WordPress is unarguably the most popular content management system in the world. It boasts millions of users and thousands of themes and plugins. It has become the standard for website management and design.
But how did this popular platform come to be?
Join us as we take a quick look at the history and development of WordPress.
WordPress Was Developed to Fill a Gap Left by an Abandoned Blogging Platform.
WordPress began as a replacement for the popular, but discontinued, blogging program B2/Cafelog. With its launch in May 2003, WordPress founders Matt Mullenweg and Mike Little successfully met their goal of creating an acceptable, improved substitute, and users enjoyed their efforts.
The first version of WordPress was similar to B2/Cafelog but brought along many improvements. These included a new admin interface and planning dashboard, new design templates for blogs, and the ability to played nicely with XHTML.
In May 2004, the creators opened up WordPress 1.2 which added the ability to use plugins. Plugins created the opportunity for other users, not just the developers, to create additional functions for the software and share them with the community. By opening their code up to the community and encouraging their involvement, the founders unknowingly started the open-source movement that set the stage for the future success of WordPress and many other software platforms.
Unlike their competition who began charging more for their services and incorporating more strict licenses, WordPress provided a free platform that not only inspired but also allowed creativity and customization.
WordPress Continued to Develop and Take Advantage of Its Powerful Community Knowledge Base.
In 2005, with the release of WordPress 1.5, the developers solidified their intention to change the way content management systems work. Their new version of the program was designed to work around the needs of the user. At this time, few other platforms had this user-focused mindset.
It was this innovative perspective that defined the future direction of WordPress. They continued to release updates that made the platform more user-friendly, more capable, more collaborative, and always more customizable.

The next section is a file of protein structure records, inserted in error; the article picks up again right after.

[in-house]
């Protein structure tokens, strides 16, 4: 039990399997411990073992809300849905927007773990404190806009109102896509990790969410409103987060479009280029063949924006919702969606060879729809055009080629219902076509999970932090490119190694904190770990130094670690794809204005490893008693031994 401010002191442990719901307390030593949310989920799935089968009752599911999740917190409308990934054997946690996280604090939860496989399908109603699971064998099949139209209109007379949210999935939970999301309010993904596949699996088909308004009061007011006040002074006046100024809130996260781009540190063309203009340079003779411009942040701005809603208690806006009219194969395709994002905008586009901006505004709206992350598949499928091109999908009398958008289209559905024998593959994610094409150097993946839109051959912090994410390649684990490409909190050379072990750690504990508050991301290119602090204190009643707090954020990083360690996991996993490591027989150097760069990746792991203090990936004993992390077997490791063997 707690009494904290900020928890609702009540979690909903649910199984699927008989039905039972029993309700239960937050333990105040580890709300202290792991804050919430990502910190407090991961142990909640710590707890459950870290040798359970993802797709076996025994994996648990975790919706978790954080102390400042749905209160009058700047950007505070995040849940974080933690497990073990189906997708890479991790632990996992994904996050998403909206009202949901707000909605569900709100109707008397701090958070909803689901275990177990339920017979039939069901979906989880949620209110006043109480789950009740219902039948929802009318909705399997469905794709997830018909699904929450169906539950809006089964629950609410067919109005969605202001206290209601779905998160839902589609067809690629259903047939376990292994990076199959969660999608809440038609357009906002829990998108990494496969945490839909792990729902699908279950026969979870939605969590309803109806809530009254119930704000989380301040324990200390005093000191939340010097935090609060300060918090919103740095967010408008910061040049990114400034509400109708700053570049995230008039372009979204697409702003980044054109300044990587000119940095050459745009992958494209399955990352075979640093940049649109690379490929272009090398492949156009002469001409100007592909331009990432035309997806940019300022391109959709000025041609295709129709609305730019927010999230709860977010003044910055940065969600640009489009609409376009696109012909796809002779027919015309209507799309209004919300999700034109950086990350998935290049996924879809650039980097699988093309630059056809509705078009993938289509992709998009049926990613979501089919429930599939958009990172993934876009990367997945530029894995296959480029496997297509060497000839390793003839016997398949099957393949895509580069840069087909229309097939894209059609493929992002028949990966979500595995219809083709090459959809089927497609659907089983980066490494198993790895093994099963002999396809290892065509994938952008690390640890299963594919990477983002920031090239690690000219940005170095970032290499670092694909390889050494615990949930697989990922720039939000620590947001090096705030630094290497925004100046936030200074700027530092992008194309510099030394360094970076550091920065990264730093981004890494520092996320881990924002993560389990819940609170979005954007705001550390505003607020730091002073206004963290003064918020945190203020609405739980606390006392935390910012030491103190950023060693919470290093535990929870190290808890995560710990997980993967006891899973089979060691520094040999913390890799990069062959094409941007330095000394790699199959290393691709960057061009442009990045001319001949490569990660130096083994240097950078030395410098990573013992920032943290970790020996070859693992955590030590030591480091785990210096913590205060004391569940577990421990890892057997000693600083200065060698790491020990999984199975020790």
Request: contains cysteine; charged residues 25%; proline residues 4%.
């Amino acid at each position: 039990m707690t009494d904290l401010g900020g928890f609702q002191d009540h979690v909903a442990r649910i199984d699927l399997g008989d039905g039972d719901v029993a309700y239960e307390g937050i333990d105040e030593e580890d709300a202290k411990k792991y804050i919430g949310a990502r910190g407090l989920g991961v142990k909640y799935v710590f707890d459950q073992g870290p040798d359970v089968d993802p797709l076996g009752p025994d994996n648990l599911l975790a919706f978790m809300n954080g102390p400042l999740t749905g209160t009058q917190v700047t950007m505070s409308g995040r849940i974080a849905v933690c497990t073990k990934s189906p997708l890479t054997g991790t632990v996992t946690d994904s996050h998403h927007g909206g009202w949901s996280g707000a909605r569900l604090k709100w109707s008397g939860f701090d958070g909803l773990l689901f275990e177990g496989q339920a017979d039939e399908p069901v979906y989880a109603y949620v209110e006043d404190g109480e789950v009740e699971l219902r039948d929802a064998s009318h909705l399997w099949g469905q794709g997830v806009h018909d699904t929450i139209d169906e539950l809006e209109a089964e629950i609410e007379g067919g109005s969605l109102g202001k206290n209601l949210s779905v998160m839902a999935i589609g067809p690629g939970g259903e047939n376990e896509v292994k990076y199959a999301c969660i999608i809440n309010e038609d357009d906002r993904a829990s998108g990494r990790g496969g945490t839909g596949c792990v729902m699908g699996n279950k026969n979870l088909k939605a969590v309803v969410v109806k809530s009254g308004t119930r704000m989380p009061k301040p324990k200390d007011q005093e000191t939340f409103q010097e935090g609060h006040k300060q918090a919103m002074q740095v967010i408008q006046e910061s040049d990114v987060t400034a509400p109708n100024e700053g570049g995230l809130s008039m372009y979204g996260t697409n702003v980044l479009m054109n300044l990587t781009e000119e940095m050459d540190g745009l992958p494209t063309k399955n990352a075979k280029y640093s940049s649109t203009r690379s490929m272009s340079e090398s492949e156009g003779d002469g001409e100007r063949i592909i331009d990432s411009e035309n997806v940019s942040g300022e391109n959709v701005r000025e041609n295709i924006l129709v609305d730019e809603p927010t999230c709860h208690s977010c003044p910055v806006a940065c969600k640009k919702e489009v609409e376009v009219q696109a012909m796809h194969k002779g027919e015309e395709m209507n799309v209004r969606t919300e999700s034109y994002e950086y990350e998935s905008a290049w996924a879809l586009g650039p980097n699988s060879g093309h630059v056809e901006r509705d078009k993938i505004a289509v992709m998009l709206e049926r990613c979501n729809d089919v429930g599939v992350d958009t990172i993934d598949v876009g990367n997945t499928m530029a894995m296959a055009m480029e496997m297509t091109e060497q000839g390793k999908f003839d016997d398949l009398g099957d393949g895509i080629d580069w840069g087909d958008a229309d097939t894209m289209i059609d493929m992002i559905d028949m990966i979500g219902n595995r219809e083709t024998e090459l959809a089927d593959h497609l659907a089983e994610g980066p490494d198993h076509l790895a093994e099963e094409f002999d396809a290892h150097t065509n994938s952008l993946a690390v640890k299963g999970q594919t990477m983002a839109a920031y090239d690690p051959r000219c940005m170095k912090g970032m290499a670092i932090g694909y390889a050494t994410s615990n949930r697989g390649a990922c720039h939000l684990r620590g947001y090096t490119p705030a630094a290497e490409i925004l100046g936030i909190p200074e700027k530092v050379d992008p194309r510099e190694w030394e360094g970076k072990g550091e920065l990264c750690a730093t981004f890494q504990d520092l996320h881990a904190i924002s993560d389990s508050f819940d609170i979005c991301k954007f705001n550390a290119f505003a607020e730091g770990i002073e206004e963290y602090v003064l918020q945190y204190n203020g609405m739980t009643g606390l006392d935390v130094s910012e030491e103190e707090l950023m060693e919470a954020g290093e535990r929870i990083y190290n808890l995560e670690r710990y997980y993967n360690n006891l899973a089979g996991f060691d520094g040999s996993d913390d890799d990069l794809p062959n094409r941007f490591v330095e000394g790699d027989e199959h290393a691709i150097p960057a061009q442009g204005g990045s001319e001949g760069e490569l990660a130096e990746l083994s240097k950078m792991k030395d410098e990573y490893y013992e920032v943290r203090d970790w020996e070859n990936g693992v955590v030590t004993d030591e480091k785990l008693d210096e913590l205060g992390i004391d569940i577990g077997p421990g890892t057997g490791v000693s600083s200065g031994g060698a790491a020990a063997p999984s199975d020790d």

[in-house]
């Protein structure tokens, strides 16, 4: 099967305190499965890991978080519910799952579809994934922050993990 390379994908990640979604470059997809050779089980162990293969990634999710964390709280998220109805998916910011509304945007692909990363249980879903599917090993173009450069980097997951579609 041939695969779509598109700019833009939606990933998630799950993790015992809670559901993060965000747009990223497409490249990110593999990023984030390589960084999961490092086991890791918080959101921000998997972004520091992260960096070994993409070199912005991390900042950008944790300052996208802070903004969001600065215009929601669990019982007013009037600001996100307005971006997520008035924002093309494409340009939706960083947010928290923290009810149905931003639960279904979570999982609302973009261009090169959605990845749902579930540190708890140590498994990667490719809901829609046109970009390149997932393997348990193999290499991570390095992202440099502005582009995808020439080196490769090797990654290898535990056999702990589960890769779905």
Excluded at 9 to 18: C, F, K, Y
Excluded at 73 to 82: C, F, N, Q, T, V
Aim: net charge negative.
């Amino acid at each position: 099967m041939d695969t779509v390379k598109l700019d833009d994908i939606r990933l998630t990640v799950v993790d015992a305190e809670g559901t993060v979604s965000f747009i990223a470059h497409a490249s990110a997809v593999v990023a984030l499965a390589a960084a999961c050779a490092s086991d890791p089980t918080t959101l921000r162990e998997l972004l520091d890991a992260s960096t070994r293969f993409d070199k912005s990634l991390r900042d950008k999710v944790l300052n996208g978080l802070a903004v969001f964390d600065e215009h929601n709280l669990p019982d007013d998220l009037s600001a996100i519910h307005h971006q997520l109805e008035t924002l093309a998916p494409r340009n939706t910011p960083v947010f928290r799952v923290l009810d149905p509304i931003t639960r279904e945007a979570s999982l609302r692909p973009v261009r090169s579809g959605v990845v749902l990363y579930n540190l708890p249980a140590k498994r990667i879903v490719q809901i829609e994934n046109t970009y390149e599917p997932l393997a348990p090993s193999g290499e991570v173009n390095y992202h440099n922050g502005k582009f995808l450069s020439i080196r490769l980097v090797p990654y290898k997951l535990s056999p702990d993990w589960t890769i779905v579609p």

In 2006, they hosted the first WordCamp in San Francisco. WordCamp is an event where users and developers gather together to dive into all things WordPress. These conversations and collaborations ensure that the developers are meeting the needs of their users. These events speak to the innovative community mindset of the company.
The WordPress Theme Directory, where anyone can upload a custom-created theme and share it with the world, opened in 2008. This resource reemphasized the open-source mindset and direction of WordPress development. By 2009, WordPress was the most recognized brand of any open-source program in the world.
Eventually, WordPress Developed a Life and an Entity of Its Own.
In 2010, the developers transferred the WordPress trademark and logo to the WordPress Foundation. This move ensured that the WordPress movement would continue to thrive, even if a particular business fails or individuals left. WordPress became an autonomous entity that is fueled by the work of thousands, if not millions, of members, coders, and users worldwide.
Also in 2010, many new advances to the program were released. The ability to add increased customization to site appearances. The first e-commerce platforms. The ability to create networks between sites. WordPress became even more solidified as not just a blogging platform, but as an entire content management and website development system.
WordPress Continues to Experience Unfathomed Levels of Success.
As the WordPress community continues to develop and progress, every new update and release seems revolutionary. Each new feature becomes more impressive than the last.
WordPress sites now have the option to be translated and to include multi-languages at once. They can incorporate audio, video, and image galleries into sites. Technology advancements allow automatic updates to pass along security patches and code improvements. User interfaces and experiences continually improve. Admin pages and dashboards have become even easier to use and more accessible.
WordPress became the preferred web development and content management system worldwide through the influence of the community via its plugins and continued theme development, dedicated WordPress web hosts are on the rise too.
WordPress Is the Dominating Force Driving Open-Source Programming and Web Development.
In 2017, WordPress was responsible for the development of over half of all websites existing in the world. There are currently over 54,000 plugins to choose from and add to a WordPress site. Users can select from over 15,000 different design themes.
It seems that the only direction for WordPress to go is further up. Their focus on meeting users’ needs, advancing technology, and increasing access to education and programming earns endless gratitude and support. Users and developers constantly see opportunities for improving the platform, and instead of waiting for the foundation to solve problems, the WordPress community continues to lead the charge in building a better program.